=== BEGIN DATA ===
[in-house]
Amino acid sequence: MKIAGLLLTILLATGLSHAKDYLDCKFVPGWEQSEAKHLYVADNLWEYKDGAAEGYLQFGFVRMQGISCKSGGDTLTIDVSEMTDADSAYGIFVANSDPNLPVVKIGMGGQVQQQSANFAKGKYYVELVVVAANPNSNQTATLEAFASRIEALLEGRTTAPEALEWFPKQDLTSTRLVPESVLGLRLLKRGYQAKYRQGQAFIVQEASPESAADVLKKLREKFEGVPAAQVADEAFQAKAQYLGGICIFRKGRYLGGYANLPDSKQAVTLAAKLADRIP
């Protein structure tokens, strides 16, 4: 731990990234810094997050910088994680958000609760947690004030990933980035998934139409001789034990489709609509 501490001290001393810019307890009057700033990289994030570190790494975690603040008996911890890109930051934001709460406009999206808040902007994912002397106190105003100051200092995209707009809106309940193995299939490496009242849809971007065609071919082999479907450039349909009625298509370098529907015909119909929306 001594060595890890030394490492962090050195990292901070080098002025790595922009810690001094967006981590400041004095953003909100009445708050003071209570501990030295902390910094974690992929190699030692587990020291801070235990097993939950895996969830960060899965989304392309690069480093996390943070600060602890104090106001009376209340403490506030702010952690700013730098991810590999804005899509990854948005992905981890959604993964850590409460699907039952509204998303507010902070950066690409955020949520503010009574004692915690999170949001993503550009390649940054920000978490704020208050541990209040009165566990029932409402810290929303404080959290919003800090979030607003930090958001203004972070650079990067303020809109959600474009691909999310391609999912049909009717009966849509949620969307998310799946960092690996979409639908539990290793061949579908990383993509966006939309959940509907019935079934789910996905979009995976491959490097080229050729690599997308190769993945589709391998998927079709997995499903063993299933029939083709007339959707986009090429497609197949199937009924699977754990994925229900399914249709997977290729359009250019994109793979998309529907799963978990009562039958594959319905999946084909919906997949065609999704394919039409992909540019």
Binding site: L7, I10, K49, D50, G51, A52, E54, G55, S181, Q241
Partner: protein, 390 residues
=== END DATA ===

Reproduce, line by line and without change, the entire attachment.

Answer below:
[in-house]
Amino acid sequence: MKIAGLLLTILLATGLSHAKDYLDCKFVPGWEQSEAKHLYVADNLWEYKDGAAEGYLQFGFVRMQGISCKSGGDTLTIDVSEMTDADSAYGIFVANSDPNLPVVKIGMGGQVQQQSANFAKGKYYVELVVVAANPNSNQTATLEAFASRIEALLEGRTTAPEALEWFPKQDLTSTRLVPESVLGLRLLKRGYQAKYRQGQAFIVQEASPESAADVLKKLREKFEGVPAAQVADEAFQAKAQYLGGICIFRKGRYLGGYANLPDSKQAVTLAAKLADRIP
């Protein structure tokens, strides 16, 4: 731990990234810094997050910088994680958000609760947690004030990933980035998934139409001789034990489709609509 501490001290001393810019307890009057700033990289994030570190790494975690603040008996911890890109930051934001709460406009999206808040902007994912002397106190105003100051200092995209707009809106309940193995299939490496009242849809971007065609071919082999479907450039349909009625298509370098529907015909119909929306 001594060595890890030394490492962090050195990292901070080098002025790595922009810690001094967006981590400041004095953003909100009445708050003071209570501990030295902390910094974690992929190699030692587990020291801070235990097993939950895996969830960060899965989304392309690069480093996390943070600060602890104090106001009376209340403490506030702010952690700013730098991810590999804005899509990854948005992905981890959604993964850590409460699907039952509204998303507010902070950066690409955020949520503010009574004692915690999170949001993503550009390649940054920000978490704020208050541990209040009165566990029932409402810290929303404080959290919003800090979030607003930090958001203004972070650079990067303020809109959600474009691909999310391609999912049909009717009966849509949620969307998310799946960092690996979409639908539990290793061949579908990383993509966006939309959940509907019935079934789910996905979009995976491959490097080229050729690599997308190769993945589709391998998927079709997995499903063993299933029939083709007339959707986009090429497609197949199937009924699977754990994925229900399914249709997977290729359009250019994109793979998309529907799963978990009562039958594959319905999946084909919906997949065609999704394919039409992909540019």
Binding site: L7, I10, K49, D50, G51, A52, E54, G55, S181, Q241
Partner: protein, 390 residues